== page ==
What doesn’t is as important as what does? The selection of material for this film has been a rather organic affair. Ordinarily when you edit down a project it is something done near the end so you have a large body of work to choose the most powerful images from.This film seems to have grown and morphed and developed as I went along. I had an idea of specific shots that I required in order to set the scene and reference the environment (ie Cornwall).
So I was looking for signs and symbols that represented Cornishness so that the viewer would be in little doubt where the narrative was focused; tin mines, seagulls, boat trips, pasties etc (see above). I amassed a collection of still images and some video clips that I could use to lead the mind. As the project and film built up, however, I soon came to realise these shots that I considered the foundation stones of the final piece really did not fit…they were far too trite & obvious. Even though they were there to set the scene they didn’t really add to the whole. Many of the individual shots & clips that I had captured within the interviewees home environment were a lot stronger…I think this was probably down to the fact they were more mysterious and raised questions rather than just stating an obvious object.
As with my previous project I was looking for an extended portrait from the domestic scenes, something that spoke of the character of the person; that also portrayed a feeling of calm and safety (see above). Bearing in mind the subject matter of the film it was important to normalise in order to destigmatise…show these people as ordinary folk and not the Lepers we are still perceived to be.
It was also important to me not to hide away from their sexuality, but to actively promote them as sexual beings as this is part of the fear and stigma (see above images). Just because we carry this disease it does not mean we should ignore or deny the sexual side of our nature; we have as much right to a love life as the next man. Part of the ethos of the exhibition is to educate the current facts that, thanks to antiretroviral drugs we now have the potential to be completely non-infectious.
Rather like a complex jigsaw it became a case of trial and error to see which pieces fitted together to create a whole. I know I was hoping for a great deal of happy accidents. By building up and overlaying 5 layers of imagery while mixing the blending mode in Premiere it was not always easy to control or predict what the outcome would be. It was also necessary in some instances to match what the voice was speaking of with a relevant image…or more to the point to avoid using an image that had the potential to slander the speaker?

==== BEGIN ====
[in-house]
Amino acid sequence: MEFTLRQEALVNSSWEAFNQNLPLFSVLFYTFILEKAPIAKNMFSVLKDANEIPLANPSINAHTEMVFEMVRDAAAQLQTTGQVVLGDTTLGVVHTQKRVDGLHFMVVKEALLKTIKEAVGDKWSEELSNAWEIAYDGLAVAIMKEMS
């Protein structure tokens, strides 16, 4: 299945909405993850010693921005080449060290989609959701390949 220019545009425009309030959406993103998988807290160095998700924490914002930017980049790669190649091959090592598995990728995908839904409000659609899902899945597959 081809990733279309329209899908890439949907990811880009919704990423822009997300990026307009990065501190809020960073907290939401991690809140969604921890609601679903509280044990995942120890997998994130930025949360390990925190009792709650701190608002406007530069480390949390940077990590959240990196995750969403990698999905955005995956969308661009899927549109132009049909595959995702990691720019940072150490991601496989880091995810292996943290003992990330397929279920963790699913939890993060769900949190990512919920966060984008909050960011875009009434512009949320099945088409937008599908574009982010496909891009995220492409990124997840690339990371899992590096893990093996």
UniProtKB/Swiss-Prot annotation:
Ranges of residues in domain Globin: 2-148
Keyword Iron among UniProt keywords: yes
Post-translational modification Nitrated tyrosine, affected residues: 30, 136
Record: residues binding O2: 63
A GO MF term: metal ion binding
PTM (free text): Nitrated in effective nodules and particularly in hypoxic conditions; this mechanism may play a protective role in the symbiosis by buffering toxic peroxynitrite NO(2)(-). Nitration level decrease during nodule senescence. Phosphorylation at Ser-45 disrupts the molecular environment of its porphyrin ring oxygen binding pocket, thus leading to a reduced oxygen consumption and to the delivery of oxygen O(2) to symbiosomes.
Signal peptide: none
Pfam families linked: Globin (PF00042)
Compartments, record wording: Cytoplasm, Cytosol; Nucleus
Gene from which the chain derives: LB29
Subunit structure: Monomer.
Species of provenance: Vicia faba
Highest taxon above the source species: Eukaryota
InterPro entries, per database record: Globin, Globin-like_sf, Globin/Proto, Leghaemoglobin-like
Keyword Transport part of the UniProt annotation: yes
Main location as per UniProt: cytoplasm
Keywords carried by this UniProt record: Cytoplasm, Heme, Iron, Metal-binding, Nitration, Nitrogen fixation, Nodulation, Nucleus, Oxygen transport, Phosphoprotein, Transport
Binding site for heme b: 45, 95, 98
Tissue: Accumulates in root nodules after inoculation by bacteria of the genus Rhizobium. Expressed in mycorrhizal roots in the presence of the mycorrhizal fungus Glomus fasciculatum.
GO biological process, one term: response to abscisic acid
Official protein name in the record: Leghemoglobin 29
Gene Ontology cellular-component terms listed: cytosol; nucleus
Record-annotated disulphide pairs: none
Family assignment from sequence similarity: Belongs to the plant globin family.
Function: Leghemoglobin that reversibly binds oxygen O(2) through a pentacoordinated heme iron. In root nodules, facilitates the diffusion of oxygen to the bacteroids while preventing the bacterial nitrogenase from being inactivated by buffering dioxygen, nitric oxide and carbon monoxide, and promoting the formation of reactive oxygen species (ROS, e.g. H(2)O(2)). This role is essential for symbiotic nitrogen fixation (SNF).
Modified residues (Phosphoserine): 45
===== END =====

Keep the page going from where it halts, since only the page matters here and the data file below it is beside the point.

There is a clip & a still taken within a public toilet which hints at the uses these spaces are occasionally used for (see above). They work well within the sequence but I had to choose their placing very carefully to avoid defaming any of the participants.
As the film built up I had to lose some initial stills to replace them with stronger shots and also had to re-visit two of the interviewees in order to expand the selection of images I had within their sequence.
The limit of a 3 minute film which was set by the organisers ensured that there could be no padding to the film…this forced me to choose only the best and relevant content and therefore has probably created a much stronger piece of work.
From the outset I was looking at Derek Jarman’s Blue where the deep blue blank screen re-enforces Jarman’s voice so that you are drawn into his narrative without the visual distraction. I looked to reproduce something similar whereby the background images, while not a blank screen, were not distracting but there to support and re-enforce the voices of my participants and therefore strengthen their words and message. Using the background sound of the sea I could add to the calming, cleansing reputation of the waves to help to create the right overall atmosphere.
This version of the final film which will be shown at the Exhibition on the 1st December has now been submitted to the organisers to join with the other 13 artists. Initial feedback from one of the organisers was “I just wanted to say congrats… it is compelling, captivating, accessible, powerful and very thought-provoking.” which is a relief that the work I have been put in has not been in vain.